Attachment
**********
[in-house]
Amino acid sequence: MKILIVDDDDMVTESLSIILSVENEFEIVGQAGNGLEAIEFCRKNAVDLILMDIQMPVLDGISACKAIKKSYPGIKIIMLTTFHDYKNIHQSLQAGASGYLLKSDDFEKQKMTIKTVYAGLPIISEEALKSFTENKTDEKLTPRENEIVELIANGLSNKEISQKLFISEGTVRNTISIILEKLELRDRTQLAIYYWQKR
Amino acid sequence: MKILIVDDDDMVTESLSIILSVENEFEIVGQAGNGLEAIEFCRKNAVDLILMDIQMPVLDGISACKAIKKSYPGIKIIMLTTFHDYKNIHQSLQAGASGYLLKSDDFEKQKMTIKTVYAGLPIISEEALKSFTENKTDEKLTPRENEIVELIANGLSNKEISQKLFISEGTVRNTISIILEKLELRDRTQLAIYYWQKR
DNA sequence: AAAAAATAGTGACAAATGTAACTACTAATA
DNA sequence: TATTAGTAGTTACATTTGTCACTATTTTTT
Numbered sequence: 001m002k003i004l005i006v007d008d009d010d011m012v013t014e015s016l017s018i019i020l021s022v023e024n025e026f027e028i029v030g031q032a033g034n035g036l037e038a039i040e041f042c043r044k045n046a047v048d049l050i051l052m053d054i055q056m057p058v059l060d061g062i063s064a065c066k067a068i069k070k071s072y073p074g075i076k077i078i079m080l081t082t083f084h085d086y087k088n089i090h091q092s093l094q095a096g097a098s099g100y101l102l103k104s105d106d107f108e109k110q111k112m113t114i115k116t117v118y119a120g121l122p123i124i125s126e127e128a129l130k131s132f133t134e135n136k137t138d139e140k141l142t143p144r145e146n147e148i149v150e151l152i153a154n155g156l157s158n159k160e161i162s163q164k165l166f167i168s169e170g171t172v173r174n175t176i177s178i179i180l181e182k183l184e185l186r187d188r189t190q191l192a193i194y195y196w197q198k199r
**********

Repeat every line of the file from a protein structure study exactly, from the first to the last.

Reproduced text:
[in-house]
Amino acid sequence: MKILIVDDDDMVTESLSIILSVENEFEIVGQAGNGLEAIEFCRKNAVDLILMDIQMPVLDGISACKAIKKSYPGIKIIMLTTFHDYKNIHQSLQAGASGYLLKSDDFEKQKMTIKTVYAGLPIISEEALKSFTENKTDEKLTPRENEIVELIANGLSNKEISQKLFISEGTVRNTISIILEKLELRDRTQLAIYYWQKR
Amino acid sequence: MKILIVDDDDMVTESLSIILSVENEFEIVGQAGNGLEAIEFCRKNAVDLILMDIQMPVLDGISACKAIKKSYPGIKIIMLTTFHDYKNIHQSLQAGASGYLLKSDDFEKQKMTIKTVYAGLPIISEEALKSFTENKTDEKLTPRENEIVELIANGLSNKEISQKLFISEGTVRNTISIILEKLELRDRTQLAIYYWQKR
DNA sequence: AAAAAATAGTGACAAATGTAACTACTAATA
DNA sequence: TATTAGTAGTTACATTTGTCACTATTTTTT
Numbered sequence: 001m002k003i004l005i006v007d008d009d010d011m012v013t014e015s016l017s018i019i020l021s022v023e024n025e026f027e028i029v030g031q032a033g034n035g036l037e038a039i040e041f042c043r044k045n046a047v048d049l050i051l052m053d054i055q056m057p058v059l060d061g062i063s064a065c066k067a068i069k070k071s072y073p074g075i076k077i078i079m080l081t082t083f084h085d086y087k088n089i090h091q092s093l094q095a096g097a098s099g100y101l102l103k104s105d106d107f108e109k110q111k112m113t114i115k116t117v118y119a120g121l122p123i124i125s126e127e128a129l130k131s132f133t134e135n136k137t138d139e140k141l142t143p144r145e146n147e148i149v150e151l152i153a154n155g156l157s158n159k160e161i162s163q164k165l166f167i168s169e170g171t172v173r174n175t176i177s178i179i180l181e182k183l184e185l186r187d188r189t190q191l192a193i194y195y196w197q198k199r